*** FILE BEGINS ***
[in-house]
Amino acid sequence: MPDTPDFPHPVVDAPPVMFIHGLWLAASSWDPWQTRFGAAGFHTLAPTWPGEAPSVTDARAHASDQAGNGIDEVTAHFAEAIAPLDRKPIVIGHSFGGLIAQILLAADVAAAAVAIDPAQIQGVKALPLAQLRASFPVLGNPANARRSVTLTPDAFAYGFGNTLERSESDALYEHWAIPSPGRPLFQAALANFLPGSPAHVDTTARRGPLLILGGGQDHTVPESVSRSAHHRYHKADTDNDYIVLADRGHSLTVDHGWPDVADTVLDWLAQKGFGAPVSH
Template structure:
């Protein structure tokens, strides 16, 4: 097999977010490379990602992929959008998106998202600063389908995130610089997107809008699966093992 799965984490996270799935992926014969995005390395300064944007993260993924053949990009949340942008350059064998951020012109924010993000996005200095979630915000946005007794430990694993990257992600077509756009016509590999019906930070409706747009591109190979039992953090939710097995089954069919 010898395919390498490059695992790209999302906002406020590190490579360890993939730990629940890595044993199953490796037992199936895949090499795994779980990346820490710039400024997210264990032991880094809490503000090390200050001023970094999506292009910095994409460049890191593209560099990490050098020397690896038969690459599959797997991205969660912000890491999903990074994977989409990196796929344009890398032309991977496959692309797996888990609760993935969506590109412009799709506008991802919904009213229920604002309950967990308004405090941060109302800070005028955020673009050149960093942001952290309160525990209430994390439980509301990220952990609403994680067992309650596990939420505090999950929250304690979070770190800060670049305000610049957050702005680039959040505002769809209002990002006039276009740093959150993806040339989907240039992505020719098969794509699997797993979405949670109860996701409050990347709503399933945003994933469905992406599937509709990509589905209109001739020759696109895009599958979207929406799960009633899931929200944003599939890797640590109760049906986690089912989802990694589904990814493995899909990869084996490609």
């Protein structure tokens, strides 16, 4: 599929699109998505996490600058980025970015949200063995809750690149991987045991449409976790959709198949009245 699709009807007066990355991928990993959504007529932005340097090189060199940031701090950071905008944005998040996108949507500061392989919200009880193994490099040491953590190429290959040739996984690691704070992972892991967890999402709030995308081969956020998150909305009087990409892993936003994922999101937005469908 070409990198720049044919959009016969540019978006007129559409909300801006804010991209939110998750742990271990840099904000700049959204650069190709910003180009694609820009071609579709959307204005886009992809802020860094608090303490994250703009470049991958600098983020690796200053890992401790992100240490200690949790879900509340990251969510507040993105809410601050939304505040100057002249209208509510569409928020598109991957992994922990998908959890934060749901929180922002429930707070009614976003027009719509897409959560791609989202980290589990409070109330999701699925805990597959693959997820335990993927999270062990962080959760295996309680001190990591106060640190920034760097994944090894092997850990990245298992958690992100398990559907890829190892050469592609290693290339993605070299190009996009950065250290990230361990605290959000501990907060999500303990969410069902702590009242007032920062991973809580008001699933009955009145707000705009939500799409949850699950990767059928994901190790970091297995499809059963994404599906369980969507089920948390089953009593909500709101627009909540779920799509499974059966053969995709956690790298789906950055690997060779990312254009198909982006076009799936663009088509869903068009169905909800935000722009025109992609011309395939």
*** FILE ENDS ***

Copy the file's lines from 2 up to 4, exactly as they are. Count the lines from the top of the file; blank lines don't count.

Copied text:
Amino acid sequence: MPDTPDFPHPVVDAPPVMFIHGLWLAASSWDPWQTRFGAAGFHTLAPTWPGEAPSVTDARAHASDQAGNGIDEVTAHFAEAIAPLDRKPIVIGHSFGGLIAQILLAADVAAAAVAIDPAQIQGVKALPLAQLRASFPVLGNPANARRSVTLTPDAFAYGFGNTLERSESDALYEHWAIPSPGRPLFQAALANFLPGSPAHVDTTARRGPLLILGGGQDHTVPESVSRSAHHRYHKADTDNDYIVLADRGHSLTVDHGWPDVADTVLDWLAQKGFGAPVSH
Template structure:
């Protein structure tokens, strides 16, 4: 097999977010490379990602992929959008998106998202600063389908995130610089997107809008699966093992 799965984490996270799935992926014969995005390395300064944007993260993924053949990009949340942008350059064998951020012109924010993000996005200095979630915000946005007794430990694993990257992600077509756009016509590999019906930070409706747009591109190979039992953090939710097995089954069919 010898395919390498490059695992790209999302906002406020590190490579360890993939730990629940890595044993199953490796037992199936895949090499795994779980990346820490710039400024997210264990032991880094809490503000090390200050001023970094999506292009910095994409460049890191593209560099990490050098020397690896038969690459599959797997991205969660912000890491999903990074994977989409990196796929344009890398032309991977496959692309797996888990609760993935969506590109412009799709506008991802919904009213229920604002309950967990308004405090941060109302800070005028955020673009050149960093942001952290309160525990209430994390439980509301990220952990609403994680067992309650596990939420505090999950929250304690979070770190800060670049305000610049957050702005680039959040505002769809209002990002006039276009740093959150993806040339989907240039992505020719098969794509699997797993979405949670109860996701409050990347709503399933945003994933469905992406599937509709990509589905209109001739020759696109895009599958979207929406799960009633899931929200944003599939890797640590109760049906986690089912989802990694589904990814493995899909990869084996490609």